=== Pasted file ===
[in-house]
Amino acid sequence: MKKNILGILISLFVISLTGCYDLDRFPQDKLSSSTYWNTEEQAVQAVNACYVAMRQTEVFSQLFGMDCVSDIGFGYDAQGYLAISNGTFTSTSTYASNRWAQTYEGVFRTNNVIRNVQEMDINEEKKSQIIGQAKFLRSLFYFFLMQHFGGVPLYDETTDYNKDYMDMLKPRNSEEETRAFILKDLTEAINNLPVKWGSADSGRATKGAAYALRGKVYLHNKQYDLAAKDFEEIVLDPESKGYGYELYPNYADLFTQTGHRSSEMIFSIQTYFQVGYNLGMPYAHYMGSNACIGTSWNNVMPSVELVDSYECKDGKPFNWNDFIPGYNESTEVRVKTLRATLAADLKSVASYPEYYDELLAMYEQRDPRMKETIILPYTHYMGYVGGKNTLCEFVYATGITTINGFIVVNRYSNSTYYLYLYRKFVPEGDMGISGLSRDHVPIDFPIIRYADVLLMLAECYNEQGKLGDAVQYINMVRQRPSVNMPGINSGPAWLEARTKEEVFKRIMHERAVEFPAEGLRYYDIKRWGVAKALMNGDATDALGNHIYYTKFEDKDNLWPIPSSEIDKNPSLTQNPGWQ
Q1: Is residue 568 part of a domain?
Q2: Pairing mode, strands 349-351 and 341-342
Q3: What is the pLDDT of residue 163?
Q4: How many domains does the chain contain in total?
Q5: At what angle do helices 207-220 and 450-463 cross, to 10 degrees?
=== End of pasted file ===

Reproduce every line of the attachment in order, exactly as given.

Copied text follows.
[in-house]
Amino acid sequence: MKKNILGILISLFVISLTGCYDLDRFPQDKLSSSTYWNTEEQAVQAVNACYVAMRQTEVFSQLFGMDCVSDIGFGYDAQGYLAISNGTFTSTSTYASNRWAQTYEGVFRTNNVIRNVQEMDINEEKKSQIIGQAKFLRSLFYFFLMQHFGGVPLYDETTDYNKDYMDMLKPRNSEEETRAFILKDLTEAINNLPVKWGSADSGRATKGAAYALRGKVYLHNKQYDLAAKDFEEIVLDPESKGYGYELYPNYADLFTQTGHRSSEMIFSIQTYFQVGYNLGMPYAHYMGSNACIGTSWNNVMPSVELVDSYECKDGKPFNWNDFIPGYNESTEVRVKTLRATLAADLKSVASYPEYYDELLAMYEQRDPRMKETIILPYTHYMGYVGGKNTLCEFVYATGITTINGFIVVNRYSNSTYYLYLYRKFVPEGDMGISGLSRDHVPIDFPIIRYADVLLMLAECYNEQGKLGDAVQYINMVRQRPSVNMPGINSGPAWLEARTKEEVFKRIMHERAVEFPAEGLRYYDIKRWGVAKALMNGDATDALGNHIYYTKFEDKDNLWPIPSSEIDKNPSLTQNPGWQ
Q1: Is residue 568 part of a domain?
Q2: Pairing mode, strands 349-351 and 341-342
Q3: What is the pLDDT of residue 163?
Q4: How many domains does the chain contain in total?
Q5: At what angle do helices 207-220 and 450-463 cross, to 10 degrees?